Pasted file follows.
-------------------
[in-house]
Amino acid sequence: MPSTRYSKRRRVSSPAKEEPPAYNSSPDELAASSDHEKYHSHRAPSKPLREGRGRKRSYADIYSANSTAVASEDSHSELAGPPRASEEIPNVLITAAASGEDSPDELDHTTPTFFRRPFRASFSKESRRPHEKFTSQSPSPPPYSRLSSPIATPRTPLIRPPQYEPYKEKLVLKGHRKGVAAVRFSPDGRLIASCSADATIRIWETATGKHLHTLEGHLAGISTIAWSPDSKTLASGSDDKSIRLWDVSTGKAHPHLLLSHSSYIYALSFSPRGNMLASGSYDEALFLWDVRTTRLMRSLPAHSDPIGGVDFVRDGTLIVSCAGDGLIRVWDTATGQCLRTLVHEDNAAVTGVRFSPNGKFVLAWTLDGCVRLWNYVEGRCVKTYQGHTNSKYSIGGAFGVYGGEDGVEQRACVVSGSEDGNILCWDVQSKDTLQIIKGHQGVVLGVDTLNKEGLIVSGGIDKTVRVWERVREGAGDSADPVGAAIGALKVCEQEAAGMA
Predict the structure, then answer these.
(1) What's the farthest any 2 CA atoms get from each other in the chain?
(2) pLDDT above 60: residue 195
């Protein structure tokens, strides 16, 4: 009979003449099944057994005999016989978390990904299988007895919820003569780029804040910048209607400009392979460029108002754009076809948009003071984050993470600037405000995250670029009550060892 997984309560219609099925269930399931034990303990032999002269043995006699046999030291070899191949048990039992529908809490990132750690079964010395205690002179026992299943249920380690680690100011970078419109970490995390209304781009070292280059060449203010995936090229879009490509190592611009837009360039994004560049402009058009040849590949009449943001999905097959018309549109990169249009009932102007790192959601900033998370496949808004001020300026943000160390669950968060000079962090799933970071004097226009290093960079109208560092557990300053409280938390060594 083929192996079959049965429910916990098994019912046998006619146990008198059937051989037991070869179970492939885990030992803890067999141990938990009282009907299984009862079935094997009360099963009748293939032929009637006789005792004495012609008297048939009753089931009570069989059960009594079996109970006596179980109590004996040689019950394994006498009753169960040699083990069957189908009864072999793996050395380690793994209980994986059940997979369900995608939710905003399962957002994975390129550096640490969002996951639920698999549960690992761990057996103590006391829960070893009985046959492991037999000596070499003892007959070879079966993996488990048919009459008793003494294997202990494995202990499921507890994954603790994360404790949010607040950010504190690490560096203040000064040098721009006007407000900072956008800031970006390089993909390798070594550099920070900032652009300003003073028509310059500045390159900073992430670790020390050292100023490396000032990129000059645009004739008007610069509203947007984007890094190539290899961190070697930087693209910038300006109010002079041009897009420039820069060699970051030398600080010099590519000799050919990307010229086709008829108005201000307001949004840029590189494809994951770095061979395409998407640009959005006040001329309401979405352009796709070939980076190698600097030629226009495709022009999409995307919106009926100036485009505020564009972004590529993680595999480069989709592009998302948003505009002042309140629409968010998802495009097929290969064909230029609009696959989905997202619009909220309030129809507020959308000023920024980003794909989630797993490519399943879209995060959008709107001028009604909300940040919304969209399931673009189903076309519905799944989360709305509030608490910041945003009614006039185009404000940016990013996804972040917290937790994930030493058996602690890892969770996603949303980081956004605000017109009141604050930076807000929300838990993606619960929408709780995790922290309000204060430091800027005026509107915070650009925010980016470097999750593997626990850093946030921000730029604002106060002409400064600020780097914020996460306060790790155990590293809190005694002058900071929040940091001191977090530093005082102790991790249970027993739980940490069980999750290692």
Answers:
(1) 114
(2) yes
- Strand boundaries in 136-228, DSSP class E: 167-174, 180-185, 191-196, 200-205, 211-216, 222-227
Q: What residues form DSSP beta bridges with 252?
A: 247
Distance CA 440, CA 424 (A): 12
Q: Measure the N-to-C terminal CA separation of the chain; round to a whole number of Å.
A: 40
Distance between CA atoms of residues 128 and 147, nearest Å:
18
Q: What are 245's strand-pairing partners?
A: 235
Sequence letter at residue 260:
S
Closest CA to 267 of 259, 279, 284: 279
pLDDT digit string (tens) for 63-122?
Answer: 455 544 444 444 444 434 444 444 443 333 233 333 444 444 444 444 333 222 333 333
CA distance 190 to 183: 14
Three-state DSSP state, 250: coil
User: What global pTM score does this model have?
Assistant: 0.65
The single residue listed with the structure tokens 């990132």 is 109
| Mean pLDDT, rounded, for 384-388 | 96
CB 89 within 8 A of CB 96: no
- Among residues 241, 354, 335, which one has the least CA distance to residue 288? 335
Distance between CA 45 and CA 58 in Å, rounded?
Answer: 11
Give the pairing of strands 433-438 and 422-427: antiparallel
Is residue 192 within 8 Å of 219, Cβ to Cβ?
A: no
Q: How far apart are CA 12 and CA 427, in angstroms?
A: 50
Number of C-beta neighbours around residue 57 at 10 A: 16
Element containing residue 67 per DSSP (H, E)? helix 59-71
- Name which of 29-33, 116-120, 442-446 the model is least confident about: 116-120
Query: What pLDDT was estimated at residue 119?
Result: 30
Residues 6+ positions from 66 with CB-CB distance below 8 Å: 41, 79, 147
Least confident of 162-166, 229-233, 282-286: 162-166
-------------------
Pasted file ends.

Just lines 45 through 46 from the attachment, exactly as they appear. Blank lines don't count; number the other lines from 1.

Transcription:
Residues 6+ positions from 66 with CB-CB distance below 8 Å: 41, 79, 147
Least confident of 162-166, 229-233, 282-286: 162-166